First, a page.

آلکسیتیمیا و تفاوت های فردی در بیان هیجانی
|کد مقاله||سال انتشار||مقاله انگلیسی||ترجمه فارسی||تعداد کلمات|
|31200||2008||13 صفحه PDF||سفارش دهید||محاسبه نشده|
Publisher : Elsevier - Science Direct (الزویر - ساینس دایرکت)
Journal : Journal of Research in Personality, Volume 42, Issue 1, February 2008, Pages 83–95
Two studies examined verbal and nonverbal expression in relation to facets of alexithymia. Participants were videotaped while they talked about negative and positive events that had happened to them. Persons high in difficulty identifying feelings were less emotionally expressive, nonverbally, of positive emotion during a positive talk, and of negative emotion during a negative talk. Other facets of alexithymia were not independently related to expressiveness. Verbal expressiveness was not independently related to any facet of alexithymia. Study 2 showed that these relationships were independent of whether the participant was alone or with another. The implications for the understanding of the nature of the deficit in alexithymia, and of the effects of disclosure are discussed.
The term alexithymia was coined by Sifneos (1972) to describe the characteristics of “psychosomatic” patients, namely diminished fantasy, a tendency to describe at length details of external reality, such as physical ailments, without referring to their inner, emotional impact, and difficulties in verbally expressing their emotions ( Nemiah & Sifneos, 1970). Bagby, Taylor, Parker, and Dickens (2006) showed that alexithymia comprises two general deficits, each with two facets: reduced affective awareness, shown as the facets difficulty in identifying feelings and difficulty in describing feelings to others; and operative thinking, a cognitive style characterized by externally oriented thinking and reduced imaginal processes. The underlying issue in alexithymia has been characterized as a deficit in the symbolization of emotion ( Nemiah & Sifneos, 1970), or in the processing and regulation of emotion ( Taylor, Bagby, & Parker, 1997). Elevated levels of alexithymia have been found to be associated with a wide variety of disturbances in physical and mental health (see Quinton & Wagner, 2005), although Lumley (2004) has argued that they are related to illness behavior rather than to disease processes.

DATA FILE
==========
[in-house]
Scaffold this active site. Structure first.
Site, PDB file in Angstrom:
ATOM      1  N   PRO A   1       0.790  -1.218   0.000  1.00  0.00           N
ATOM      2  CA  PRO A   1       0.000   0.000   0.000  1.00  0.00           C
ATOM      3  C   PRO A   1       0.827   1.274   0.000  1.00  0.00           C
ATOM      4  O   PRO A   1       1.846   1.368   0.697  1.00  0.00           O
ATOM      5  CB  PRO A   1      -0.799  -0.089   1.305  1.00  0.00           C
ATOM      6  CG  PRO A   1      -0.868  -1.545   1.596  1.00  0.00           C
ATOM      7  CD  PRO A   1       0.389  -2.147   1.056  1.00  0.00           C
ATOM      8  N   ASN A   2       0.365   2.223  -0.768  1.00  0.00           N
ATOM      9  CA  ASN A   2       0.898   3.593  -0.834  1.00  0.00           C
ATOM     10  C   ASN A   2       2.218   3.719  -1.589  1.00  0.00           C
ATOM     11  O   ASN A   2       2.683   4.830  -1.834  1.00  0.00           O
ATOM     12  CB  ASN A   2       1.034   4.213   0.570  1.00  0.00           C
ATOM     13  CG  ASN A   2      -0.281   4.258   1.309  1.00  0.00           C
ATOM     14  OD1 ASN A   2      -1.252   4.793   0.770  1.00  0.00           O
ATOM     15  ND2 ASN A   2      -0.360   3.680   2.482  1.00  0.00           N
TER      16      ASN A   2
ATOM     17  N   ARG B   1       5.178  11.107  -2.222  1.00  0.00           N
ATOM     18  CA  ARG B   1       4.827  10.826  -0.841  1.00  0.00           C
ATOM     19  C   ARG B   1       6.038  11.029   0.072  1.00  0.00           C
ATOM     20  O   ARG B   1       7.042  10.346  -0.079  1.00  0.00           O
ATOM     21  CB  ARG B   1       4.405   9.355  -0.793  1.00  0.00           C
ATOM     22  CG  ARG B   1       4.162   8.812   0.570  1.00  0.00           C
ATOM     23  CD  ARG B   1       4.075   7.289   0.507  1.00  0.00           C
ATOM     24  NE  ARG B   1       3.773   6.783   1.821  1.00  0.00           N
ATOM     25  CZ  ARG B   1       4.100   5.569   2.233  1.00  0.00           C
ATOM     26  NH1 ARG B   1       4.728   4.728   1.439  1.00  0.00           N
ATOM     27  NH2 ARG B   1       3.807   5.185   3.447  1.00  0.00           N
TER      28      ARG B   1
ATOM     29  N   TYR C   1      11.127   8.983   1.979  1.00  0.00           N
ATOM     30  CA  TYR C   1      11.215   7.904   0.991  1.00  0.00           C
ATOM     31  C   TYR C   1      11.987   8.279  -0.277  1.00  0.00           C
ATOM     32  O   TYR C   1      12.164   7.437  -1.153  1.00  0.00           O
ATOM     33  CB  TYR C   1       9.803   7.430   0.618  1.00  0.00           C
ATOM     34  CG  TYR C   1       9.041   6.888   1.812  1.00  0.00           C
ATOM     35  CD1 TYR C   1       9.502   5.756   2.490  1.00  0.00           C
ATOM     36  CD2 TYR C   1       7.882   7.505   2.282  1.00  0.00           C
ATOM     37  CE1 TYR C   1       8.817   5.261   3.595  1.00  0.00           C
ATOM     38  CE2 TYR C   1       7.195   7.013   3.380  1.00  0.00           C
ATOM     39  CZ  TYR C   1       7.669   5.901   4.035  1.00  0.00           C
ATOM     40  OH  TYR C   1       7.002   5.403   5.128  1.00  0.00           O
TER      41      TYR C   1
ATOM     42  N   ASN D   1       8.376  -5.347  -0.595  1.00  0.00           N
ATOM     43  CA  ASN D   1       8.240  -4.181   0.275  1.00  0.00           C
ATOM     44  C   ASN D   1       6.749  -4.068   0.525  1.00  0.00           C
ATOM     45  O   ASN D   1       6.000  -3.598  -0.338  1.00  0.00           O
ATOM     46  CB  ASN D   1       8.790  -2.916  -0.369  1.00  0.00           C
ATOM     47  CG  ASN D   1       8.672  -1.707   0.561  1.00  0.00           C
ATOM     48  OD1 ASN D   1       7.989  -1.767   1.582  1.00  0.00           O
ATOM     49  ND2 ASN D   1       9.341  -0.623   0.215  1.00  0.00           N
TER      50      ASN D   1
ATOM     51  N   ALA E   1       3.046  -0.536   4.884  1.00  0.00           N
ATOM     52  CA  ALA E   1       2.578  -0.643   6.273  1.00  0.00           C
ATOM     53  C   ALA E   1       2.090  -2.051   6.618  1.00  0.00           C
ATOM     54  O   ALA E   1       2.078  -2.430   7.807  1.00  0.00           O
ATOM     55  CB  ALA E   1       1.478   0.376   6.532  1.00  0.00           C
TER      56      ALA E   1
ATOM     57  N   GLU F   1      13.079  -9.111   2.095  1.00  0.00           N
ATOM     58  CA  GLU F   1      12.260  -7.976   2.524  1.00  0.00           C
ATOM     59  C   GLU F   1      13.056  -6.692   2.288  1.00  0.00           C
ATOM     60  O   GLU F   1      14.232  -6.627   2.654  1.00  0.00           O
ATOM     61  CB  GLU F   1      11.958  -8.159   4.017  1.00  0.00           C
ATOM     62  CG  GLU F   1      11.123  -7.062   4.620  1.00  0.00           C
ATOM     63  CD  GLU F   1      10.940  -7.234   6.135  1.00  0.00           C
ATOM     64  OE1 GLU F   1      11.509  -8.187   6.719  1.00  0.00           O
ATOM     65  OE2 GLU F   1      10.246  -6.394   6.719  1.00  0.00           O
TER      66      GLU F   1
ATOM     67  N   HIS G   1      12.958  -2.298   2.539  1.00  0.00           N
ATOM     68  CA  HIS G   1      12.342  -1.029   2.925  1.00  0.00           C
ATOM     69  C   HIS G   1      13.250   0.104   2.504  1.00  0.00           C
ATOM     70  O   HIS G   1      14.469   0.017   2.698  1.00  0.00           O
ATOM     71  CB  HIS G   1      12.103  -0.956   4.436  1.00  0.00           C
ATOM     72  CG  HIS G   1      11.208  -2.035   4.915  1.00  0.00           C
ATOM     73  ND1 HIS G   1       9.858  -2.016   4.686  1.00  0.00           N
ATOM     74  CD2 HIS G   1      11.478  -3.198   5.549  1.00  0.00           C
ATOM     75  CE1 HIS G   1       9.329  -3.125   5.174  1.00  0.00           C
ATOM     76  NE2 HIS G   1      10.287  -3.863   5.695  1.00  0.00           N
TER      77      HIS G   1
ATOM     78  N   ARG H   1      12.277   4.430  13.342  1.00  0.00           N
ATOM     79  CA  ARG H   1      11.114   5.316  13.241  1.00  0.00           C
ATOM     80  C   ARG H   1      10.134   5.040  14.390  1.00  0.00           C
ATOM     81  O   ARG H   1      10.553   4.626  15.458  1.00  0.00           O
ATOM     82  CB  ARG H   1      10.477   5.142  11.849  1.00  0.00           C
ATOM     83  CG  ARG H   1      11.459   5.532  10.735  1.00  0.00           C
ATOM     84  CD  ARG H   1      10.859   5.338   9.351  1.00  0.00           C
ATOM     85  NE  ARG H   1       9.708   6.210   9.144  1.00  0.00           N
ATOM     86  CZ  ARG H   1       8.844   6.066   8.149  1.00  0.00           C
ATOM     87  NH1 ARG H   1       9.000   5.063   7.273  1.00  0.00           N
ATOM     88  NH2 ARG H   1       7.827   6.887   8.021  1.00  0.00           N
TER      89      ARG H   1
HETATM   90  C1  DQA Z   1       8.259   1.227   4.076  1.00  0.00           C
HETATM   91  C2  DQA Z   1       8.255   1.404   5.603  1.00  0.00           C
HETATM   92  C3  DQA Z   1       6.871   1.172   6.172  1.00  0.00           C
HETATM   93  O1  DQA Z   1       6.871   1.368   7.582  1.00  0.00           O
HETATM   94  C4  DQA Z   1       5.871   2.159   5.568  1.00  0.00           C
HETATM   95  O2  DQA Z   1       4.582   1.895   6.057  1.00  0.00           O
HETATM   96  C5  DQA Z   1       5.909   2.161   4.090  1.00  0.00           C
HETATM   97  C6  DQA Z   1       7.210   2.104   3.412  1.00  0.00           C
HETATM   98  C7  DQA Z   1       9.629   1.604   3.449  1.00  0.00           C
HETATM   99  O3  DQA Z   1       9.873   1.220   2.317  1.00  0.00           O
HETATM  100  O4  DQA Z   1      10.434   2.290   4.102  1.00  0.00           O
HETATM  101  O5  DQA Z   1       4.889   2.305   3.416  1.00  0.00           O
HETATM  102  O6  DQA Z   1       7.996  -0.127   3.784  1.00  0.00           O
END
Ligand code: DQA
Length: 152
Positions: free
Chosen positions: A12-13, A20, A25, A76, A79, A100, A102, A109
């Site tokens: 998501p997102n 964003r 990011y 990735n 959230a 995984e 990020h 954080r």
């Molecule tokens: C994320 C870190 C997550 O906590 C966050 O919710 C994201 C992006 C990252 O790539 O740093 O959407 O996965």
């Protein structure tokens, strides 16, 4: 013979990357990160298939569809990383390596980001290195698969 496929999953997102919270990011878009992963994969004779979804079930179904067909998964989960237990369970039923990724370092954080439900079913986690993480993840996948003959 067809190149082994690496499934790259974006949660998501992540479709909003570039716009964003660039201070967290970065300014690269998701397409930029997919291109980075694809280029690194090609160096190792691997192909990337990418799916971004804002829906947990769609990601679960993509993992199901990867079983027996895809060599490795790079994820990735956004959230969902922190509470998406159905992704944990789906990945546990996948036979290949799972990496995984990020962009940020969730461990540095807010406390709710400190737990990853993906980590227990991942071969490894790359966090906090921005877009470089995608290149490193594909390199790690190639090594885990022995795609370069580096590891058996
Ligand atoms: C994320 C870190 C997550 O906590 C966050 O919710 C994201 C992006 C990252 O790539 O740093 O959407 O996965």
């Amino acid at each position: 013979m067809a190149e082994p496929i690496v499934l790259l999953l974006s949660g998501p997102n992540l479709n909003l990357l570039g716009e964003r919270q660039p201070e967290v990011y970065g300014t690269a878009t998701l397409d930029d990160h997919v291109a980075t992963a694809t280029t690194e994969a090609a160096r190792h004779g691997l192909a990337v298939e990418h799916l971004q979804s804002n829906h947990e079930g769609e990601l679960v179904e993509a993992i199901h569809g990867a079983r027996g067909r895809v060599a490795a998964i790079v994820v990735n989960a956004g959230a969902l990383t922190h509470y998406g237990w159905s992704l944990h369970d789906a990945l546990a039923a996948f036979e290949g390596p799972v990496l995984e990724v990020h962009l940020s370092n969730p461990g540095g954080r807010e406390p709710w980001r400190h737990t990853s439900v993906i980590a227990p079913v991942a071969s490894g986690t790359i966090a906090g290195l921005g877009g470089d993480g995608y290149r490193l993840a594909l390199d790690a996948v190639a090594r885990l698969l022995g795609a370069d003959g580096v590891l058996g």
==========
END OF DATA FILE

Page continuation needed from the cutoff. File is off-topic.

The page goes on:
نتیجه گیری انگلیسی
The two studies have shown that difficulty identifying feelings is inversely related to expressive facial behavior. Averaging the partial correlations from the two studies shows that for positive talks the direct relation between DIF and facial expressiveness is r(90) = −.40, p < .0001, while for negative talks it is r(90) = −.30, p = .004 (two-tailed). This confirms and extends some of the previous research described in the Introduction. McDonald and Prkachin, 1990, Troisi et al., 1996 and Näätanen et al., 1999 found nonverbal expressiveness to be adversely affected by overall alexithymia. Like Troisi et al. we found this relationship particularly (only) for the difficulty identifying feelings subscale. It remains unclear why three other studies have failed to find a link between nonverbal expressiveness and alexithymia, despite using similar methods. Roedema and Simons (1999), like Näätanen et al. (1999), assessed expressive behavior with EMG measures, while Berenbaum and Irvin, 1996 and Luminet et al., 2004, like Troisi et al. (1996) and our experiments, used observer ratings. Berenbaum and Irvin used anger provocation, which is comparable to Näätänen et al.’s use of stress. Roedema and Simons’ use of slide stimuli is comparable to McDonald and Prkachin’s stimuli in their spontaneous condition. We postulated that inconsistencies in results might be due in part to the failure of previous studies to distinguish communication from spontaneous expression. However, we have found no evidence to support this suggestion.